Originally from Chicago, Beth got her first true taste of travel when she moved to Japan for her final year of university. She ended up loving Asia so much, she found herself moving right back upon graduation. Currently she is living in Hong Kong, where for the past two years she has been teaching English full-time in a language center. However, she will soon be leaving to give the nomadic freelance lifestyle a go! You can follow her blog where she writes about her travels and experiences working around the world.
Teaching English in Taiwan is becoming more and more popular as people discover just how lucrative the job can be (and how awesome living in Taiwan is). Unfortunately that also means that competition is increasing all the time. While it used to be possible to arrive in Taiwan and find a job on the spot, that’s becoming more and more difficult—especially if you aren’t conversational in Mandarin Chinese and qualified to teach.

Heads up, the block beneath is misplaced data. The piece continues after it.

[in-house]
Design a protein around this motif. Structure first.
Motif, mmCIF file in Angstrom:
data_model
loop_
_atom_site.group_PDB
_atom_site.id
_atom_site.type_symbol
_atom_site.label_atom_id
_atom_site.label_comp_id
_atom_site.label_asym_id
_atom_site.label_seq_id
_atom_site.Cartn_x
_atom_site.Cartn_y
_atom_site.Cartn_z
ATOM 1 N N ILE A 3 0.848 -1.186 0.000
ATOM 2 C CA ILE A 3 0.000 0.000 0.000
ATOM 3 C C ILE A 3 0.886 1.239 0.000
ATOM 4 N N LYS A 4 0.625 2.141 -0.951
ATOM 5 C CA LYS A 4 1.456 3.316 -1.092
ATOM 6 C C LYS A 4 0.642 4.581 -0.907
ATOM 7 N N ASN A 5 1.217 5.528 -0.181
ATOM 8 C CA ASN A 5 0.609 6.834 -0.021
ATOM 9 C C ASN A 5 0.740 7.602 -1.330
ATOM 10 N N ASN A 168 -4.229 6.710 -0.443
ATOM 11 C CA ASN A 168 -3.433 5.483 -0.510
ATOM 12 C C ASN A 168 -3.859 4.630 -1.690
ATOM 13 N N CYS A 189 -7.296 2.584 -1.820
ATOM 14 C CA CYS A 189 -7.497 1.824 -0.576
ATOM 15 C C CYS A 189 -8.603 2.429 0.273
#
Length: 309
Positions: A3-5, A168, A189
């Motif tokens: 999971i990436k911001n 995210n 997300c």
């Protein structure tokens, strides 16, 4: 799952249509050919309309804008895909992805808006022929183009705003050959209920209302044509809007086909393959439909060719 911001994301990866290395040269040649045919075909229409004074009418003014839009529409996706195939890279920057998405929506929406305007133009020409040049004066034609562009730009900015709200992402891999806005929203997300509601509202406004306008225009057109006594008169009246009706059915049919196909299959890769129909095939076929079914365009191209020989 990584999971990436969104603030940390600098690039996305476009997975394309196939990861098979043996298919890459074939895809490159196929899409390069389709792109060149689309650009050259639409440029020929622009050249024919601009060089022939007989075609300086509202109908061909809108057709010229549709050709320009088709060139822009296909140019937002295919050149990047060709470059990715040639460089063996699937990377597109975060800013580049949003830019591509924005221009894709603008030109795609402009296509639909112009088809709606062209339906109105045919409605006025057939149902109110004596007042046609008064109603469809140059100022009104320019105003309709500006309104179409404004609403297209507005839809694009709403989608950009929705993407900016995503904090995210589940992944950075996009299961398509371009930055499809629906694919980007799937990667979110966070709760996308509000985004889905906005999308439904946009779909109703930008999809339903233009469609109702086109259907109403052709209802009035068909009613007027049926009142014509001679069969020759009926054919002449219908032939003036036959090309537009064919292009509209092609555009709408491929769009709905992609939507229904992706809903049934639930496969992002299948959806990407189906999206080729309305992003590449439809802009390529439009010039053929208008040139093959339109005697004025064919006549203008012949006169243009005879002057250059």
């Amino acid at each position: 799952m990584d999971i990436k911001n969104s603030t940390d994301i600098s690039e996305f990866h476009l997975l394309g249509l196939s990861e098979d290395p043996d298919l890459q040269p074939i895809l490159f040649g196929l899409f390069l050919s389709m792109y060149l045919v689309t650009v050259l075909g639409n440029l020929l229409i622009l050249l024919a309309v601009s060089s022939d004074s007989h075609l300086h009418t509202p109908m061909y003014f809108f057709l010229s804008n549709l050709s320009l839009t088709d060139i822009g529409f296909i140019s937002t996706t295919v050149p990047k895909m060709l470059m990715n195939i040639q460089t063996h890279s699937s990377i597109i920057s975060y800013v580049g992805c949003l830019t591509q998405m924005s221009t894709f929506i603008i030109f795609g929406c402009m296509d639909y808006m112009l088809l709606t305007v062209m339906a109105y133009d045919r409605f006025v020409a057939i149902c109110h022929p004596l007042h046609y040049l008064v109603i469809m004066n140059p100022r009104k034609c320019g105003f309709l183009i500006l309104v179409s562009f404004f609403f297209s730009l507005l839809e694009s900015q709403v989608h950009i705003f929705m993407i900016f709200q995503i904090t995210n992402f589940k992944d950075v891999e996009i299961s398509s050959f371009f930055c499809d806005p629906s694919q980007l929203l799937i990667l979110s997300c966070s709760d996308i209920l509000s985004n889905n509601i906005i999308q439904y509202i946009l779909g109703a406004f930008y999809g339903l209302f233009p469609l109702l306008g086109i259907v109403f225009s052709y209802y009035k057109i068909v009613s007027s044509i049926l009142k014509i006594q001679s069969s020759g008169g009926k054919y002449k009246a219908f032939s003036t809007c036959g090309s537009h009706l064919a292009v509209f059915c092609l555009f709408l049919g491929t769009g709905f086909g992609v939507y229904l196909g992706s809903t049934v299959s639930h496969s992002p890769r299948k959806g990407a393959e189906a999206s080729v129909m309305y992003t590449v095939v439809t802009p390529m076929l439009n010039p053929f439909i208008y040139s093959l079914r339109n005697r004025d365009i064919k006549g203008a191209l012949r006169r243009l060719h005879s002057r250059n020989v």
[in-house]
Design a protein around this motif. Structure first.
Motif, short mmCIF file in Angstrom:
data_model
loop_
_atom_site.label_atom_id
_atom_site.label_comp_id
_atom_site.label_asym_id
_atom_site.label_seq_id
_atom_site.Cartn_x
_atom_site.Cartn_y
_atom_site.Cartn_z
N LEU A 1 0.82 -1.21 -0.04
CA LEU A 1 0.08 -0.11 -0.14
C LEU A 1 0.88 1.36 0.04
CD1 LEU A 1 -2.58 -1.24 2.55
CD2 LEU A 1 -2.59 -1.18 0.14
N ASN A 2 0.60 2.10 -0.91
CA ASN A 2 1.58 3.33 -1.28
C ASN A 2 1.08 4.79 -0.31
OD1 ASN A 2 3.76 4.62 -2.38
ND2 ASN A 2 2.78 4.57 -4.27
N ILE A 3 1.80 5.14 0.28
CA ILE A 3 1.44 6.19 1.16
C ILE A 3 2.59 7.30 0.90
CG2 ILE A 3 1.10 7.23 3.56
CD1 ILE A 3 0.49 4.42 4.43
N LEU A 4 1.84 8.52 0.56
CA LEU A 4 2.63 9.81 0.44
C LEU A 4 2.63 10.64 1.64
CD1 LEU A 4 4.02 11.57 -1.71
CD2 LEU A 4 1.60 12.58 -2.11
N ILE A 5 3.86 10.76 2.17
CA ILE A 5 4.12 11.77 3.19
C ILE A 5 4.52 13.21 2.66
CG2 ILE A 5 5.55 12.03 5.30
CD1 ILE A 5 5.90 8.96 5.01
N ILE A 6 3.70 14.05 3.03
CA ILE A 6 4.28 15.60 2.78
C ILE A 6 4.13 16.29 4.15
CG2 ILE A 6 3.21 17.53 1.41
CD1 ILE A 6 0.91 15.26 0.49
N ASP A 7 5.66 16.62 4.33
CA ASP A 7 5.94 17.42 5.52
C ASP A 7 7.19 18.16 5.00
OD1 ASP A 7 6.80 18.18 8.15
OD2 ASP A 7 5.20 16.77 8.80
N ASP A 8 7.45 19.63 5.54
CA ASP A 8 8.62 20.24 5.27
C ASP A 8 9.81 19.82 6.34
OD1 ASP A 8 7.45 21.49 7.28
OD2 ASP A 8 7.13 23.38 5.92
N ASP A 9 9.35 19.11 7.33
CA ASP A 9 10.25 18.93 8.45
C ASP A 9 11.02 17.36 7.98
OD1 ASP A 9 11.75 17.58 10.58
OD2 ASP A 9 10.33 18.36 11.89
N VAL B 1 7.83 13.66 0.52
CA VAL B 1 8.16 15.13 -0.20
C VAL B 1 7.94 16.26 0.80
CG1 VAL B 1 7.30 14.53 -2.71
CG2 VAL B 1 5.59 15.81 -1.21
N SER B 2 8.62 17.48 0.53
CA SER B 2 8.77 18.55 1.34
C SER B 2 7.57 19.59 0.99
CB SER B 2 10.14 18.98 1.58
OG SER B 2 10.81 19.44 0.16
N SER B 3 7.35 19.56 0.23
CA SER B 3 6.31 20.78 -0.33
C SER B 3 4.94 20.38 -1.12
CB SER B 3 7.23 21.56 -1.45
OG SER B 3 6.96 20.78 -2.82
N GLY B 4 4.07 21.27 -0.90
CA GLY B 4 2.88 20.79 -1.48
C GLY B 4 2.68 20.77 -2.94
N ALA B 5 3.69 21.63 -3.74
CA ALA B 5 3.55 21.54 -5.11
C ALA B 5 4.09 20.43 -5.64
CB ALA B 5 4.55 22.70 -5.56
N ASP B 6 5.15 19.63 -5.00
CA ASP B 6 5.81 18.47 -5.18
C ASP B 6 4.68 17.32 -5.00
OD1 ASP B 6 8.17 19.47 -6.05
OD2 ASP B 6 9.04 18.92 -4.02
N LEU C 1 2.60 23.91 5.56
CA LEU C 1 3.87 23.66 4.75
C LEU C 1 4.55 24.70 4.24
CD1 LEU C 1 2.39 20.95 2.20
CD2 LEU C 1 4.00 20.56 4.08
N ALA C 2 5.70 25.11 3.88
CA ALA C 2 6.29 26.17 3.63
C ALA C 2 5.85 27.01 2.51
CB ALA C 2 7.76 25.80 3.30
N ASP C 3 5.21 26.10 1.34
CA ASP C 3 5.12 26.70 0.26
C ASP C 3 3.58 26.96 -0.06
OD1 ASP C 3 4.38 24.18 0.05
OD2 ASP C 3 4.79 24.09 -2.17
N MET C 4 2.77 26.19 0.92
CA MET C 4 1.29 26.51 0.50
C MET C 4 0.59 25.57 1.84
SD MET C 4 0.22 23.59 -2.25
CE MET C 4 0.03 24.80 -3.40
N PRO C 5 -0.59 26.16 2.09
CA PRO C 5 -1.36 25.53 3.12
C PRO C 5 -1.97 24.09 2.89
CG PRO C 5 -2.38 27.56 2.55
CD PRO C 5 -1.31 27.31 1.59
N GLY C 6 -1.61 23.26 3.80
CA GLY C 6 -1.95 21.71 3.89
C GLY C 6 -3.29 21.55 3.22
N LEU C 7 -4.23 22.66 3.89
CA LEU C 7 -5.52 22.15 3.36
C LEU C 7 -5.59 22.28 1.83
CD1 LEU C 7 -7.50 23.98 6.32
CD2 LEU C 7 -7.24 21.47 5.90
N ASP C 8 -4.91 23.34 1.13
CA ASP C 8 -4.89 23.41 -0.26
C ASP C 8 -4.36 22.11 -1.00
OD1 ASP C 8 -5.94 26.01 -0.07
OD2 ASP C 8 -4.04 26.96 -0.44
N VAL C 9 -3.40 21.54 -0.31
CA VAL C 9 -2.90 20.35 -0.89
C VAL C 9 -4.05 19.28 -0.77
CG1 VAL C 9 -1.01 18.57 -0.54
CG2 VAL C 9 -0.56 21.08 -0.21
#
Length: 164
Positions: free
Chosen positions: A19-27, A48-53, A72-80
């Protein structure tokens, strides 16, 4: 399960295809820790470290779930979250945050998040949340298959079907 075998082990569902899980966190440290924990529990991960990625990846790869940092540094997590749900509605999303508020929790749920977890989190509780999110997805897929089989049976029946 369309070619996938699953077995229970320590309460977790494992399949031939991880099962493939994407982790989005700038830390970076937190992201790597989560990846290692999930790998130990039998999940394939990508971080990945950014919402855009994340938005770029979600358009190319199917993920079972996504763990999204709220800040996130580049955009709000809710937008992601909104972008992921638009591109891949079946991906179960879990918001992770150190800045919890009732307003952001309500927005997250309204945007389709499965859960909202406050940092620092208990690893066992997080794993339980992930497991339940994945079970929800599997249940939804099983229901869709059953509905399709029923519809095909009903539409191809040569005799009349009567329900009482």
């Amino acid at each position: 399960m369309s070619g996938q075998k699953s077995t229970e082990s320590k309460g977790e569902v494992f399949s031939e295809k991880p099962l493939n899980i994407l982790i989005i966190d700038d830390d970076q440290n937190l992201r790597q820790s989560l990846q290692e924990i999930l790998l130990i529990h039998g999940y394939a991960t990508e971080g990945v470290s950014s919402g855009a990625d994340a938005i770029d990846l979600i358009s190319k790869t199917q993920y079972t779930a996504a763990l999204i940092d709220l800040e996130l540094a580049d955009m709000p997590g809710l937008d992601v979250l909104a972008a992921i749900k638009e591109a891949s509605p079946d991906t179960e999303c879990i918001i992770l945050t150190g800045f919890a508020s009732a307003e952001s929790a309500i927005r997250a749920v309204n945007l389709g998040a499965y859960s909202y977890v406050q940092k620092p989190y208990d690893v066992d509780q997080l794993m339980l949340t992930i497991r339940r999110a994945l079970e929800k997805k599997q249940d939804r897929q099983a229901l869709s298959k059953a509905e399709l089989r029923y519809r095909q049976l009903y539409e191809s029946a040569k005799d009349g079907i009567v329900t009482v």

We always recommend people to secure an English teaching job prior to their arrival in the country, especially if they want to teach in the bustling capital city of Taipei. There are plenty of chain schools that will hire you while you are still in your native country even if you don’t have any sort of TESOL certificate, though keep in mind that these won’t be the highest paying jobs. Reach to Teach can also help you find a job before arriving in Taiwan. They require a TESOL certificate, but they don’t have any fees for teachers looking to be matched to a school.
Dan and Casey spent two years teaching English in Taiwan. Now they are digital nomads traveling and blogging at A Cruising Couple full-time, while also offering writing, photography and content creation services.
If you’re planning to teach English in South Korea, consider what type of setting you’d prefer: city living or countryside setting? What many new teachers may not know is that rural locations often offer an additional stipend to woo candidates to remote locations.